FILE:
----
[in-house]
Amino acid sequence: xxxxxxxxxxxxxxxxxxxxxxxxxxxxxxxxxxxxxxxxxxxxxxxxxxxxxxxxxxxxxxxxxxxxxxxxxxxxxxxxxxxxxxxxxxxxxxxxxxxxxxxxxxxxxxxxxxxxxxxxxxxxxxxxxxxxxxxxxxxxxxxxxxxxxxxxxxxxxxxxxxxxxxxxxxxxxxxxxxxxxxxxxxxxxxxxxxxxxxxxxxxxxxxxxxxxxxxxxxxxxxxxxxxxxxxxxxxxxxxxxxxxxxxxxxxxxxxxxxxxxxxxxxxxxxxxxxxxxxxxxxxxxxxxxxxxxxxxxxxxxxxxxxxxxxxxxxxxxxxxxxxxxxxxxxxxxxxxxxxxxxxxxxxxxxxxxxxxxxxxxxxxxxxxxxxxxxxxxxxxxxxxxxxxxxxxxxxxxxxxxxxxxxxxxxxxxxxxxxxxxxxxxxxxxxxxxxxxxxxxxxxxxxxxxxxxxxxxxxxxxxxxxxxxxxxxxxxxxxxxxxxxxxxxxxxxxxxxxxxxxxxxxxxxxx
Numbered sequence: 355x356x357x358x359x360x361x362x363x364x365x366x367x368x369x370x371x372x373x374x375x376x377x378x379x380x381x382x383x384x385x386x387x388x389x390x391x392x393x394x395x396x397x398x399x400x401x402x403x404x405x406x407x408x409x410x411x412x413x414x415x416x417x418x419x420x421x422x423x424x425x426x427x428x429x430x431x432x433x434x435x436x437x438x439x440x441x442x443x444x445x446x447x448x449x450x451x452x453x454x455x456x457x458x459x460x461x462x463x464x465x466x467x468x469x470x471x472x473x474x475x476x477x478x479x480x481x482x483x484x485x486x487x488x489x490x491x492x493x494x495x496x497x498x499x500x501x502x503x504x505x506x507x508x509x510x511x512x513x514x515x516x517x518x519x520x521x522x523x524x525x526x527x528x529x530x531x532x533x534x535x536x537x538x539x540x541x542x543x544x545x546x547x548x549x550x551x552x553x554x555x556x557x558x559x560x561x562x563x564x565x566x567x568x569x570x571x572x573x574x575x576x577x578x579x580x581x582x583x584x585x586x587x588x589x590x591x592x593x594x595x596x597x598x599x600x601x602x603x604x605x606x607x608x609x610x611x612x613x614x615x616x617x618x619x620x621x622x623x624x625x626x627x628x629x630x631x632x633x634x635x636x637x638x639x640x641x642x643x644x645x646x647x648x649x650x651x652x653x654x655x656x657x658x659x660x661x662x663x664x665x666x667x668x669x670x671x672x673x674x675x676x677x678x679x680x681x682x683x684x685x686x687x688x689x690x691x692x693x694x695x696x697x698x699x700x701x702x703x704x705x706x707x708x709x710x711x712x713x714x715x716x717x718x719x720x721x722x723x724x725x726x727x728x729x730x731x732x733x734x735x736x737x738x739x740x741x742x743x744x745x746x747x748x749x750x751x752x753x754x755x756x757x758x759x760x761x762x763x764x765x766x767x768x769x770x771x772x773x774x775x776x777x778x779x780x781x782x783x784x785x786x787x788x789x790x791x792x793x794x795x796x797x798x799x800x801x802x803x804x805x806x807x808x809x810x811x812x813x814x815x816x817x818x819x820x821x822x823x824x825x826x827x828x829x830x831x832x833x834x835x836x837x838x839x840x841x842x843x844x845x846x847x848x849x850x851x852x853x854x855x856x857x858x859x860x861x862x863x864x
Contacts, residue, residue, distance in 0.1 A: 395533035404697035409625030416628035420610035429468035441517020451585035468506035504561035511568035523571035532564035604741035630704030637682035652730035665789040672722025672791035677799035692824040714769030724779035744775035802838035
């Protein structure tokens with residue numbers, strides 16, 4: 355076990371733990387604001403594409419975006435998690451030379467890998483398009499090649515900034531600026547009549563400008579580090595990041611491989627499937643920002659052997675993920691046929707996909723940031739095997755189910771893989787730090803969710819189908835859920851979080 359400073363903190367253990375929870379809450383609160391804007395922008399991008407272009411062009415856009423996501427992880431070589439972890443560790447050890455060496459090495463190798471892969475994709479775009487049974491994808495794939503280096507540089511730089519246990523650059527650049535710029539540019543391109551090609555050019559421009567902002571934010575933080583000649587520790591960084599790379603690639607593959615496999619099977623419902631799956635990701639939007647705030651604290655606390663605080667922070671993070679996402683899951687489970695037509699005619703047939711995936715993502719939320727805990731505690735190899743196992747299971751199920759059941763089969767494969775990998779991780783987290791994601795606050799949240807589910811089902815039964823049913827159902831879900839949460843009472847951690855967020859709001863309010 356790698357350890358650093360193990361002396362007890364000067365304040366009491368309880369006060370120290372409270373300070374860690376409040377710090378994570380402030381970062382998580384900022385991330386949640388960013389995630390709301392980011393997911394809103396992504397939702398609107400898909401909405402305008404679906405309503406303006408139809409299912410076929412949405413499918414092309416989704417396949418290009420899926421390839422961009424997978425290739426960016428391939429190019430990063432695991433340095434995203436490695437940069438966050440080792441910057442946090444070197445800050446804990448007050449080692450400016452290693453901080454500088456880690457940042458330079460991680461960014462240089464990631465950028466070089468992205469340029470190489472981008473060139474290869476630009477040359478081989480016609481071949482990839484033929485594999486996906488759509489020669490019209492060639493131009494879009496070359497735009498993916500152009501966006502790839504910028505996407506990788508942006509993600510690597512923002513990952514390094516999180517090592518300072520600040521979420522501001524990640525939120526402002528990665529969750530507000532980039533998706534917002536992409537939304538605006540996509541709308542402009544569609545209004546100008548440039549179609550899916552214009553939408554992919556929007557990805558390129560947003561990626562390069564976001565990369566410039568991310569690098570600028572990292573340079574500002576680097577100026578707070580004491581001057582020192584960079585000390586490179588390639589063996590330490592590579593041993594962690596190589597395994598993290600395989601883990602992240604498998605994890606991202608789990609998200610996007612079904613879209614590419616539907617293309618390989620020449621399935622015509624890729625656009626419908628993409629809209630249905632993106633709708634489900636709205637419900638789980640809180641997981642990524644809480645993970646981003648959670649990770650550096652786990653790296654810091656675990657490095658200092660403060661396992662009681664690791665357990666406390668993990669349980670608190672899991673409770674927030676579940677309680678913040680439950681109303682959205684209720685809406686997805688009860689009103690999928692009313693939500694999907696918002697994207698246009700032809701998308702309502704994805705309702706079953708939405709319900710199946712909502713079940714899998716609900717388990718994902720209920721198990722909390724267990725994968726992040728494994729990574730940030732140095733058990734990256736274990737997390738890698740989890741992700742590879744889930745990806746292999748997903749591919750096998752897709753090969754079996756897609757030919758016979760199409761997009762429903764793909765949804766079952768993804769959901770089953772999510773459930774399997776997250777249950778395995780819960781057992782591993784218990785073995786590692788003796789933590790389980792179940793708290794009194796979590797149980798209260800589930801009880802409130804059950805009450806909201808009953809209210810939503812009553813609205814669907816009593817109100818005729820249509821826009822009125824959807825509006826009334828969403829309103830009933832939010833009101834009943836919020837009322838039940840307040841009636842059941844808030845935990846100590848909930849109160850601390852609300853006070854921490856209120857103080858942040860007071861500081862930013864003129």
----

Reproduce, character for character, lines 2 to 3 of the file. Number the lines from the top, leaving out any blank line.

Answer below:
Amino acid sequence: xxxxxxxxxxxxxxxxxxxxxxxxxxxxxxxxxxxxxxxxxxxxxxxxxxxxxxxxxxxxxxxxxxxxxxxxxxxxxxxxxxxxxxxxxxxxxxxxxxxxxxxxxxxxxxxxxxxxxxxxxxxxxxxxxxxxxxxxxxxxxxxxxxxxxxxxxxxxxxxxxxxxxxxxxxxxxxxxxxxxxxxxxxxxxxxxxxxxxxxxxxxxxxxxxxxxxxxxxxxxxxxxxxxxxxxxxxxxxxxxxxxxxxxxxxxxxxxxxxxxxxxxxxxxxxxxxxxxxxxxxxxxxxxxxxxxxxxxxxxxxxxxxxxxxxxxxxxxxxxxxxxxxxxxxxxxxxxxxxxxxxxxxxxxxxxxxxxxxxxxxxxxxxxxxxxxxxxxxxxxxxxxxxxxxxxxxxxxxxxxxxxxxxxxxxxxxxxxxxxxxxxxxxxxxxxxxxxxxxxxxxxxxxxxxxxxxxxxxxxxxxxxxxxxxxxxxxxxxxxxxxxxxxxxxxxxxxxxxxxxxxxxxxxxxx
Numbered sequence: 355x356x357x358x359x360x361x362x363x364x365x366x367x368x369x370x371x372x373x374x375x376x377x378x379x380x381x382x383x384x385x386x387x388x389x390x391x392x393x394x395x396x397x398x399x400x401x402x403x404x405x406x407x408x409x410x411x412x413x414x415x416x417x418x419x420x421x422x423x424x425x426x427x428x429x430x431x432x433x434x435x436x437x438x439x440x441x442x443x444x445x446x447x448x449x450x451x452x453x454x455x456x457x458x459x460x461x462x463x464x465x466x467x468x469x470x471x472x473x474x475x476x477x478x479x480x481x482x483x484x485x486x487x488x489x490x491x492x493x494x495x496x497x498x499x500x501x502x503x504x505x506x507x508x509x510x511x512x513x514x515x516x517x518x519x520x521x522x523x524x525x526x527x528x529x530x531x532x533x534x535x536x537x538x539x540x541x542x543x544x545x546x547x548x549x550x551x552x553x554x555x556x557x558x559x560x561x562x563x564x565x566x567x568x569x570x571x572x573x574x575x576x577x578x579x580x581x582x583x584x585x586x587x588x589x590x591x592x593x594x595x596x597x598x599x600x601x602x603x604x605x606x607x608x609x610x611x612x613x614x615x616x617x618x619x620x621x622x623x624x625x626x627x628x629x630x631x632x633x634x635x636x637x638x639x640x641x642x643x644x645x646x647x648x649x650x651x652x653x654x655x656x657x658x659x660x661x662x663x664x665x666x667x668x669x670x671x672x673x674x675x676x677x678x679x680x681x682x683x684x685x686x687x688x689x690x691x692x693x694x695x696x697x698x699x700x701x702x703x704x705x706x707x708x709x710x711x712x713x714x715x716x717x718x719x720x721x722x723x724x725x726x727x728x729x730x731x732x733x734x735x736x737x738x739x740x741x742x743x744x745x746x747x748x749x750x751x752x753x754x755x756x757x758x759x760x761x762x763x764x765x766x767x768x769x770x771x772x773x774x775x776x777x778x779x780x781x782x783x784x785x786x787x788x789x790x791x792x793x794x795x796x797x798x799x800x801x802x803x804x805x806x807x808x809x810x811x812x813x814x815x816x817x818x819x820x821x822x823x824x825x826x827x828x829x830x831x832x833x834x835x836x837x838x839x840x841x842x843x844x845x846x847x848x849x850x851x852x853x854x855x856x857x858x859x860x861x862x863x864x